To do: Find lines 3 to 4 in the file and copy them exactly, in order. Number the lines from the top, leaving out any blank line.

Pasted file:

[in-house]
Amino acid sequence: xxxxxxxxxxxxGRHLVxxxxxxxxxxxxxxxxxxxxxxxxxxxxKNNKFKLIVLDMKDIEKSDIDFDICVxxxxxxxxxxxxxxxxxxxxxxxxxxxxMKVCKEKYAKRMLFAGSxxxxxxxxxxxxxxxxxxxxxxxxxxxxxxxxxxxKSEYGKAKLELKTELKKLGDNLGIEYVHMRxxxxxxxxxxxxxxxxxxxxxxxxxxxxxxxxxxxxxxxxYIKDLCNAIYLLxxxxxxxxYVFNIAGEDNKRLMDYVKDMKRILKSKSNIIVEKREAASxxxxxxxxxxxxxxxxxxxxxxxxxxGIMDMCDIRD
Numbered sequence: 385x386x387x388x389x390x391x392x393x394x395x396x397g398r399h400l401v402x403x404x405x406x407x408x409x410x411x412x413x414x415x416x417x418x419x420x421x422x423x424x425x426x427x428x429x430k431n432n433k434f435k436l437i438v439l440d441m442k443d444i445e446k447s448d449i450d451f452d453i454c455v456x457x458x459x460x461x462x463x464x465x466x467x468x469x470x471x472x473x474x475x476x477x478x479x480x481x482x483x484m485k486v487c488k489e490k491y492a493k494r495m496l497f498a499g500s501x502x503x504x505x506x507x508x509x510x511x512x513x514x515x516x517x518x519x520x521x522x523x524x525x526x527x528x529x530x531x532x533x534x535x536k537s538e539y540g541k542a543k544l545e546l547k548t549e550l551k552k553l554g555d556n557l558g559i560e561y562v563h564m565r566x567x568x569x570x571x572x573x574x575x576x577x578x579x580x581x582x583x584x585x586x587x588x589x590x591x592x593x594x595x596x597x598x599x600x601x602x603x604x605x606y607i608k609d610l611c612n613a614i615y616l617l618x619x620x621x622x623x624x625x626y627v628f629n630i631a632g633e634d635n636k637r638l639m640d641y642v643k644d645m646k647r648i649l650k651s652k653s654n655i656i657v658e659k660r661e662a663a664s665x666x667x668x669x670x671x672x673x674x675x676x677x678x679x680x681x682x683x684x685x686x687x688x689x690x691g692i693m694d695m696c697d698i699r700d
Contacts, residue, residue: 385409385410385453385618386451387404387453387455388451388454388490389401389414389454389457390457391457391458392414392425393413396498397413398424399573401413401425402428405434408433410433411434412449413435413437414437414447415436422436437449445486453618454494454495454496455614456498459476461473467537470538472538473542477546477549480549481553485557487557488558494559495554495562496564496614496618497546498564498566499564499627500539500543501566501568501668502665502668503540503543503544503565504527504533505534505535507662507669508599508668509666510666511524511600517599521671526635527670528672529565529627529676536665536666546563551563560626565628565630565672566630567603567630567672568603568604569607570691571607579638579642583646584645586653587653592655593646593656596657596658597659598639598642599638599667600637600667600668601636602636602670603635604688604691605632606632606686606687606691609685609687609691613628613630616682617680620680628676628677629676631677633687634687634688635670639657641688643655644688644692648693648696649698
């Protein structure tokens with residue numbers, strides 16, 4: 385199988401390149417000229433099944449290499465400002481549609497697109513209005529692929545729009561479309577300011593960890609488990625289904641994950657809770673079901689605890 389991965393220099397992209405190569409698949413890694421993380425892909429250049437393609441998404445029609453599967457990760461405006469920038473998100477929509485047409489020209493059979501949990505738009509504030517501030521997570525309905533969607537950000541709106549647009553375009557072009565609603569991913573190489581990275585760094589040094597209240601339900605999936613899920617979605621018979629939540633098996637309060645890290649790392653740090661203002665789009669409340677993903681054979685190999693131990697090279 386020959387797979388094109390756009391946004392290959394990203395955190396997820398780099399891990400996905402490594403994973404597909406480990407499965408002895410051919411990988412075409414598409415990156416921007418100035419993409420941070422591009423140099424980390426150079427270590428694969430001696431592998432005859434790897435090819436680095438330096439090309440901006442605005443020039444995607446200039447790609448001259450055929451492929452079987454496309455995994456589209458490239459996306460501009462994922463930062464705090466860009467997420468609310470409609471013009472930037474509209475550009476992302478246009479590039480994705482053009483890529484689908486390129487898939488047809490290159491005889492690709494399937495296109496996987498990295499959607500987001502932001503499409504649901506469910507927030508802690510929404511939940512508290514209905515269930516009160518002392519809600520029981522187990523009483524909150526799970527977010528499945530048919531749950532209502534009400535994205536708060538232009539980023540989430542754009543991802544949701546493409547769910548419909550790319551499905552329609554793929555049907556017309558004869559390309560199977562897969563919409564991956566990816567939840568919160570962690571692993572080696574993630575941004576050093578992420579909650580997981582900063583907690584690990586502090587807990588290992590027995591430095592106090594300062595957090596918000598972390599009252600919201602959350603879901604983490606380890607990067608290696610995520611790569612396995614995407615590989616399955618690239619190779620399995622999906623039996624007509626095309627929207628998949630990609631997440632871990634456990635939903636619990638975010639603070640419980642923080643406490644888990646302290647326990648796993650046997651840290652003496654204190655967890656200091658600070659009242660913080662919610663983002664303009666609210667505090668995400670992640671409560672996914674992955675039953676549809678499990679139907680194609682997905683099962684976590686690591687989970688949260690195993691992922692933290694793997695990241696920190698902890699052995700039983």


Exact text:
Numbered sequence: 385x386x387x388x389x390x391x392x393x394x395x396x397g398r399h400l401v402x403x404x405x406x407x408x409x410x411x412x413x414x415x416x417x418x419x420x421x422x423x424x425x426x427x428x429x430k431n432n433k434f435k436l437i438v439l440d441m442k443d444i445e446k447s448d449i450d451f452d453i454c455v456x457x458x459x460x461x462x463x464x465x466x467x468x469x470x471x472x473x474x475x476x477x478x479x480x481x482x483x484m485k486v487c488k489e490k491y492a493k494r495m496l497f498a499g500s501x502x503x504x505x506x507x508x509x510x511x512x513x514x515x516x517x518x519x520x521x522x523x524x525x526x527x528x529x530x531x532x533x534x535x536k537s538e539y540g541k542a543k544l545e546l547k548t549e550l551k552k553l554g555d556n557l558g559i560e561y562v563h564m565r566x567x568x569x570x571x572x573x574x575x576x577x578x579x580x581x582x583x584x585x586x587x588x589x590x591x592x593x594x595x596x597x598x599x600x601x602x603x604x605x606y607i608k609d610l611c612n613a614i615y616l617l618x619x620x621x622x623x624x625x626y627v628f629n630i631a632g633e634d635n636k637r638l639m640d641y642v643k644d645m646k647r648i649l650k651s652k653s654n655i656i657v658e659k660r661e662a663a664s665x666x667x668x669x670x671x672x673x674x675x676x677x678x679x680x681x682x683x684x685x686x687x688x689x690x691g692i693m694d695m696c697d698i699r700d
Contacts, residue, residue: 385409385410385453385618386451387404387453387455388451388454388490389401389414389454389457390457391457391458392414392425393413396498397413398424399573401413401425402428405434408433410433411434412449413435413437414437414447415436422436437449445486453618454494454495454496455614456498459476461473467537470538472538473542477546477549480549481553485557487557488558494559495554495562496564496614496618497546498564498566499564499627500539500543501566501568501668502665502668503540503543503544503565504527504533505534505535507662507669508599508668509666510666511524511600517599521671526635527670528672529565529627529676536665536666546563551563560626565628565630565672566630567603567630567672568603568604569607570691571607579638579642583646584645586653587653592655593646593656596657596658597659598639598642599638599667600637600667600668601636602636602670603635604688604691605632606632606686606687606691609685609687609691613628613630616682617680620680628676628677629676631677633687634687634688635670639657641688643655644688644692648693648696649698